A review of Ain’t U Got No Manners by Kristin Johnson

Reviewed by Magdalena Ball

Ain’t U Got No Manners?
By Kristin Johnson
A Vegas Publisher
Dec 2016, ISBN: 978-0-9968437-4-4

If you’ve never given a thought to digital manners, you clearly aren’t alone. One of the hallmarks of online interactions is speed – usual grammar and punctuation rules often don’t apply, but our world is becoming increasingly digital, and while the online world may look like a wild-west, the way you conduct yourself, particularly on social media, is critically important. It’s easy to forget how recent a phenomena our technological proliferation is. As Kristin Johnson reminds us, digital technology has been in popular use for less than twenty years. However, in that time the growth of social media has been exponential, particularly as more portable tools for access, such as the smartphone, have become ubiquitous. It’s easier to get hold of our kids, family and friends via messaging than via the telephone. Even our music listening and reading are starting to be piped in live through network enabled apps like Spotify or reading apps like Kindle and iBooks that instantly link up with our networks and share our preferences and activities.

Ain’t U Got No Manners is not only a complete guide to behaving with grace and charm online, it’s also entertaining and funny. The book provides extensive information on presenting your best self online. The writing is light, crisp and easy-to-read, and the many sidebars, symbols, stories, and takeaway points after each chapter ensure easy comprehension, even for readers with online attention spans. Despite the relaxed, humorous and conversational tone, the subject is serious.  With Facebook, Instagram, Google (including its search engine), Twitter, Snapchat, Skype and email all linking up, nearly everything that goes online is more or less in the public domain. An ill-thought through or offensive post can get you fired, can wreck your home life, can lose you friends, and even get you arrested. Like any good advice, much of the book is common sense: “When in public, act as if you’re on camera, because you just might be.” That said, it’s surprisingly easy to forget this, or not taking it seriously enough, while scrolling and commenting in the seeming solitude of your living room.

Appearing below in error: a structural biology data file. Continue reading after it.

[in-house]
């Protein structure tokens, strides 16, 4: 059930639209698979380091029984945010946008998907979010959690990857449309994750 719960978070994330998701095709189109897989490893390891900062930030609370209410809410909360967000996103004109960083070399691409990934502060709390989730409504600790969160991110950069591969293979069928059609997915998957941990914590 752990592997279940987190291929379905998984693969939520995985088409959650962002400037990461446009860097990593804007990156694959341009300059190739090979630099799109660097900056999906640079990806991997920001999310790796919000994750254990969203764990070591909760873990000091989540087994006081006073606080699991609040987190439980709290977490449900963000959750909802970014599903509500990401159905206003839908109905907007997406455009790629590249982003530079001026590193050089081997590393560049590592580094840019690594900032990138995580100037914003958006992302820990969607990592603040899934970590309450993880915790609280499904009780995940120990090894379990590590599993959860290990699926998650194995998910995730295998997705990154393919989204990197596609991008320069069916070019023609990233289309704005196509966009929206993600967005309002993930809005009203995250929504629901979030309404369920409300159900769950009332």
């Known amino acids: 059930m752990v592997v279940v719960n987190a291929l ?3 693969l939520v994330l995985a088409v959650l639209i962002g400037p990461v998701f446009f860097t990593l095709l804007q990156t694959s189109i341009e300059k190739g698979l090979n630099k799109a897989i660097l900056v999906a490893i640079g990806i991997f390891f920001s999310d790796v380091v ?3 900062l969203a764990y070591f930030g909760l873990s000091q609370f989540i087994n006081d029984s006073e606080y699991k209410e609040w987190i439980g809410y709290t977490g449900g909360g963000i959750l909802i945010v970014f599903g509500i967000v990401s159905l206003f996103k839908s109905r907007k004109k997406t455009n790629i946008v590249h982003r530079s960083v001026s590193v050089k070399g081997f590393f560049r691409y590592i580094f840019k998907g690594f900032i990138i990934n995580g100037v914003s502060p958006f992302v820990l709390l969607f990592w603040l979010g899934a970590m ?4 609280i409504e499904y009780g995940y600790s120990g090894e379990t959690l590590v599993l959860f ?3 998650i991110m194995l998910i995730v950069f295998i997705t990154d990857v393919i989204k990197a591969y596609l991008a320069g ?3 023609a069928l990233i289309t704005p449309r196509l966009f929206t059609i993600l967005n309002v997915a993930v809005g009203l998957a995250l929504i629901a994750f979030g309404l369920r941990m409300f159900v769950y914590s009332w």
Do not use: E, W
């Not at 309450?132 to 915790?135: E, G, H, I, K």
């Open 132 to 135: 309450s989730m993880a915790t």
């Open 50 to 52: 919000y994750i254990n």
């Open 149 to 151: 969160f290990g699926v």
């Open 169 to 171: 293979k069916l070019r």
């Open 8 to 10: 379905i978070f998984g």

Aint U Got No Manners is full of anecdotes, from fake Facebook fundraisers, employees who were fired after posting silly pictures, or the woman whose thoughtless Twitter post went viral while she was in an airplane and by the time she landed she was a notorious pariah. Johnson has done her research well. There are also tips on how to minimise the impact of social media overload, handing texts (and “textually transmitted diseases” – I particularly liked the texting takeaways in text language), navigating Twitter, including one of my favourite sections, the #dailysins of Twitter (7 deadly examples in hashtag form), commenting, how not to be a troll, dealing with online meanness, internet dating, public shaming, posting video, SnapChat, photo etiquette (including selfies), and lots more.  Put simply, Aint U Got No Manners is a must read for the Internet age: a book as enjoyable as it is informative. The book should be part of every school’s curriculum. If you take away nothing more than #think (before you…), then it will be worth the price of the book.